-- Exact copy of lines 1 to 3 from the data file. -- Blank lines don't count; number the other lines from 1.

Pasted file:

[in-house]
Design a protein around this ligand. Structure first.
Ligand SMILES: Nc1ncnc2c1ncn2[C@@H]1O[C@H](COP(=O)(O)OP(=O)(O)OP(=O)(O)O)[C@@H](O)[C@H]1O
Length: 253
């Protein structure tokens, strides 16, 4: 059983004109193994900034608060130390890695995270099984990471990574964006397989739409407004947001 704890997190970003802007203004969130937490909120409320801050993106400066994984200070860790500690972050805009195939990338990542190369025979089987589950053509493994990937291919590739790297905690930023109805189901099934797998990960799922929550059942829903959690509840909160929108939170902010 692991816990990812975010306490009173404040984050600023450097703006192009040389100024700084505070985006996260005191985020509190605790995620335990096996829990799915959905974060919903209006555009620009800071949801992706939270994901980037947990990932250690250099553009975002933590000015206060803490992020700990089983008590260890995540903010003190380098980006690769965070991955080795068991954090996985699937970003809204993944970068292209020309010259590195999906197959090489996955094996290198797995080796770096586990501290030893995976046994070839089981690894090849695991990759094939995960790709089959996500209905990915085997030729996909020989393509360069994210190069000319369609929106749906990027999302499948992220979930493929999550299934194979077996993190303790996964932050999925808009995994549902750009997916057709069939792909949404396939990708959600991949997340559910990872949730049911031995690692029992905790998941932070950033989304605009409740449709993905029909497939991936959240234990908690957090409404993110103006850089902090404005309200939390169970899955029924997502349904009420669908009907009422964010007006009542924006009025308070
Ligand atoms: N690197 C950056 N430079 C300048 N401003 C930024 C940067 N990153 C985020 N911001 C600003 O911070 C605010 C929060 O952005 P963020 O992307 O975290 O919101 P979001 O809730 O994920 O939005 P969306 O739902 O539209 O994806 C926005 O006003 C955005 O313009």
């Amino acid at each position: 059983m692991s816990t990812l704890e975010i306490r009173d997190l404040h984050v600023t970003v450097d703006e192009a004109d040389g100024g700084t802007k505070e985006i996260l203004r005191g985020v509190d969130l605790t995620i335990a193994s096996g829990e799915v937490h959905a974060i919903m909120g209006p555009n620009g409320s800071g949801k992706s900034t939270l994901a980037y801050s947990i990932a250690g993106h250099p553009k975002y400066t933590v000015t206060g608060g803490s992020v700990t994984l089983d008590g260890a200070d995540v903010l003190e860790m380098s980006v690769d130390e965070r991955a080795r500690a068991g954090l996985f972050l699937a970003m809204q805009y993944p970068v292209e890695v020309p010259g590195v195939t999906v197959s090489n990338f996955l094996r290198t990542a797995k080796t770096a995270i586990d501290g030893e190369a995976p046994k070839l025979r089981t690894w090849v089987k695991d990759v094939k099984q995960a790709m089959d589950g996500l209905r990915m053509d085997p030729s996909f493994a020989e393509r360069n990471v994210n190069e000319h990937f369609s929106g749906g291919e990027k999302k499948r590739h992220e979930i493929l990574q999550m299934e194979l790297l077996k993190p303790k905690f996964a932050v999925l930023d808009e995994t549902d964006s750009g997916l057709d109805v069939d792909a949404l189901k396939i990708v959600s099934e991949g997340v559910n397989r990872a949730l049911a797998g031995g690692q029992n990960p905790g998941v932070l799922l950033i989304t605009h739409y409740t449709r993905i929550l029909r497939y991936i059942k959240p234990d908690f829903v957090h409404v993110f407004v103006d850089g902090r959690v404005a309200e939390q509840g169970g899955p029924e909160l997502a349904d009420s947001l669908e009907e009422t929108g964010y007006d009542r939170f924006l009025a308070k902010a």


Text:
[in-house]
Design a protein around this ligand. Structure first.
Ligand SMILES: Nc1ncnc2c1ncn2[C@@H]1O[C@H](COP(=O)(O)OP(=O)(O)OP(=O)(O)O)[C@@H](O)[C@H]1O